The NHL Draft was held yesterday at the Prudential Center in Newark. I was working at the event, but as Devils season-ticket holders, we were able to get tickets so the rest of the family could attend.
Why go to the NHL Draft, you might be wondering? And you would have a legitimate question. Sports drafts are not the most exciting of events. But it was a weekend, and it was free, and it was about hockey. Good enough for us. Besides, there were some outdoor hockey-themed activities planned, plus games and rides.
As a person who works in the hockey world, I love the draft for three reasons. One, I love seeing innocent 18-year-olds realize their dreams. It’s like getting an invitation to a private party at the bet day of someone’s life. Seeing the young draftees so exited is one thing, but I also love to watch their parents. Few sports parents sacrifice as much as those in hockey, with the expensive equipment and dues, ridiculously early games and practices, and long trips through often miserable weather. To see parents get to realize all the sacrifice was worth it as their child achieves their dream is very powerful. Second, the draft comes at the end of hockey calendar, and it very much has a “last day of school” vibe. When the last pick is made, hockey people say goodbye to each other for a few months and head off to vacation. Training camps open in about 10 weeks. But the other reason I love the draft is it is like a Star Trek convention for hockey nerds.
Hockey is a tribal sport, with almost a cult following. There are very few casual hockey fans. You either buy jerseys, buy tickets, paint your face, and live and die with your team, or you make jokes about hockey’s TV ratings. There is very little in between. Well, the draft is where the former group comes to gather. People who come to the draft don’t like hockey. They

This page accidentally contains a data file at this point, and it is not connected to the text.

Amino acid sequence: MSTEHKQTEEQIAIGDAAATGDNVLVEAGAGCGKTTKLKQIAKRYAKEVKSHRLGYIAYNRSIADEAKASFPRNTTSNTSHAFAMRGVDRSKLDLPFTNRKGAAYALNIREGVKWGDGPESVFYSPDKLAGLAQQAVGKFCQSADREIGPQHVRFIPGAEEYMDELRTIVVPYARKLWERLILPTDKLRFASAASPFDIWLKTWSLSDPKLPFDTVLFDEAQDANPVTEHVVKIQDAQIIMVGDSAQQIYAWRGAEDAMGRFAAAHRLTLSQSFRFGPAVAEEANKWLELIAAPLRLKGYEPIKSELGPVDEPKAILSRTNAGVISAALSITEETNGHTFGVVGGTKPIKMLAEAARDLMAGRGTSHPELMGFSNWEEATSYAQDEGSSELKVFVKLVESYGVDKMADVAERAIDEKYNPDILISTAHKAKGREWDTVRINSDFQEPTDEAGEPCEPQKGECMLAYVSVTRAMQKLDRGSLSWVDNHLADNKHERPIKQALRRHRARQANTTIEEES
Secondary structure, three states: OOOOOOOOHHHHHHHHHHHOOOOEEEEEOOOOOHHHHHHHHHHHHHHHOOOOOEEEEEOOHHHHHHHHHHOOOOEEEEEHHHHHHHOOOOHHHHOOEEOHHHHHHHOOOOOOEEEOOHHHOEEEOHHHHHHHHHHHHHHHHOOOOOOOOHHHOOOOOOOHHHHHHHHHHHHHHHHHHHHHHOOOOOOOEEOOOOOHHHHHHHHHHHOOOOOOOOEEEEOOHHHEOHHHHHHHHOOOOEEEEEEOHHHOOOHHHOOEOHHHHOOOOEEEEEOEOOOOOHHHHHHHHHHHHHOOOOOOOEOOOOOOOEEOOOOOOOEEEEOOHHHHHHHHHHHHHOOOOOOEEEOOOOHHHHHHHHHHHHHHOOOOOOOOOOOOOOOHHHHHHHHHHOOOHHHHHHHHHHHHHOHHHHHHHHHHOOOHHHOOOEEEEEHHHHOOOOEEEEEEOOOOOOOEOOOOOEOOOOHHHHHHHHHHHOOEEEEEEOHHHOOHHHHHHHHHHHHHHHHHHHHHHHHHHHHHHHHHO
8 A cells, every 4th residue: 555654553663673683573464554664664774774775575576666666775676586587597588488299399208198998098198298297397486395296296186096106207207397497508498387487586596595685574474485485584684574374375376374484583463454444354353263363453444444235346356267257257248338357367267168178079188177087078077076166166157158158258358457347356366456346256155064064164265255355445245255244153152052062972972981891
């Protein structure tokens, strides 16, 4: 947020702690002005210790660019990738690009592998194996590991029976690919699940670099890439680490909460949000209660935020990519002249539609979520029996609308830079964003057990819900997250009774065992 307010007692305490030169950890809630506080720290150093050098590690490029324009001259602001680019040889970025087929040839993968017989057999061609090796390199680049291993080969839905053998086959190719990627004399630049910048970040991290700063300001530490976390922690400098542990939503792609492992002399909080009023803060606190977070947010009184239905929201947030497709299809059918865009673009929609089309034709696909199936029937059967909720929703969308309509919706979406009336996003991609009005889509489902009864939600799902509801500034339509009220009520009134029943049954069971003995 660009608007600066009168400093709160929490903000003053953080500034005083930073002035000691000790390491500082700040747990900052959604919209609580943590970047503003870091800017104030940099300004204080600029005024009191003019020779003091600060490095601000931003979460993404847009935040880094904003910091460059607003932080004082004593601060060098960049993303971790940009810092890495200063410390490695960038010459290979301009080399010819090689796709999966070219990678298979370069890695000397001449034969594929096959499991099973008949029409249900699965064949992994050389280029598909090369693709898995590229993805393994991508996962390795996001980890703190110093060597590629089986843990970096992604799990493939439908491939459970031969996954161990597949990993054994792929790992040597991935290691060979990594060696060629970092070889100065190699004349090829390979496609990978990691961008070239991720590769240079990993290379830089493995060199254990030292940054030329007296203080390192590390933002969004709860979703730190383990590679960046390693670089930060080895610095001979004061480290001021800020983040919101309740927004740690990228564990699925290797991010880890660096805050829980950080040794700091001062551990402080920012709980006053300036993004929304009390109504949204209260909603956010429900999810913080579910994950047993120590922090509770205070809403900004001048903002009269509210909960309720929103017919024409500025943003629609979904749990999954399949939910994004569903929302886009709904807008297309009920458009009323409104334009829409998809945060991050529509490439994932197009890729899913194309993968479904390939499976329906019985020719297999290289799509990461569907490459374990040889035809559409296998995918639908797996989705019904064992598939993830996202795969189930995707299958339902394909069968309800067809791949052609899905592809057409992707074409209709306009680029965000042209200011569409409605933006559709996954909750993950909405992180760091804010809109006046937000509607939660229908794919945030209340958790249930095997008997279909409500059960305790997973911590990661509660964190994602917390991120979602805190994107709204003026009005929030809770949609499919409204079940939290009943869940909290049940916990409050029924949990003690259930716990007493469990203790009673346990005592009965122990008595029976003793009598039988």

love live hockey.
It’s the same thing with people who work at the draft. It’s like a who’s who of hockey royalty. Walk the draft floor, as I was lucky enough to be able to do, and there are Hall-of-Famers everywhere you turn. Some are coaches, scouts, general managers, assistant GMs. Some are player agents or family advisers. But everybody who is anybody in the game is pretty much there. And they all spend the hours before and after catching up with each other on old times. It’s not uncommon to find a huddle of ex-players, who combined to score a couple thousand goals in their careers, talking about golf or fishing.
The draft is also about human emotion. Yesterday, the host Devils were the story, book-ending the draft with its best moments. They dramatically traded their first pick for a goalie who will ultimately replace their 41-year-old legend (and Riley’s favorite player), Martin Brodeur. The full house roared its approval even as the changing-of-the-guard moment became clear. Then, some six hours later, long after the majority of the crowd had gone home, the Devils traded for one of the final selections. The few thousand people left began to murmur in anticipation of what was about to happen.
The Devils allowed Brodeur, sitting at the team’s table, to announce the choice: goaltender Anthony Brodeur, his son. In a sometimes cut-throat business, it was incredibly human moment.
Into all this wandered Ryan. We had our standard worries. Would he be bored? What if he had to wait? Ryan loves hockey games, but the draft is most definitely not a game. I wasn’t going to be much help down on the draft floor while Veronica and the kids were up in the seats.
The first text from Veronica wasn’t good. There was street hockey outside, but the teams we pre-chosen and Ryan couldn’t play. There was nothing for him to do and still two hours until the first pick. But things quickly improved. They found another street hockey area and Ryan was happy. Riley hit up the boardwalk games. Ryan ran up to other Sharks fans and made friends with the other boys playing hockey. As Veronica told me, she was bored and hot and miserable, and then watched her son with autism feeling at ease among strangers in a loud, chaotic environment — an all-around win.
They easily passed the time until the draft began. The draft opens with a roll call of the 30 teams, which is fun as the home fans boo their rivals and any teams with which they have a beef. The Devils fans did not disappoint, booing the Rangers, the Flyers and the Penguins, but also the Kings (for last year’s Cup final) and the Wild (for signing away Zach Parise). Ryan loved it, and got into the act, cheering for the Sharks and booing their rivals. He sat in his black Sharks jersey, standing out in a sea of red Devils sweaters.
They didn’t last long, leaving shortly after the Devils made their big trade about an hour into the Draft. But the outing was a success. It was a hockey convention, and Ryan fit right in.
He was among his people.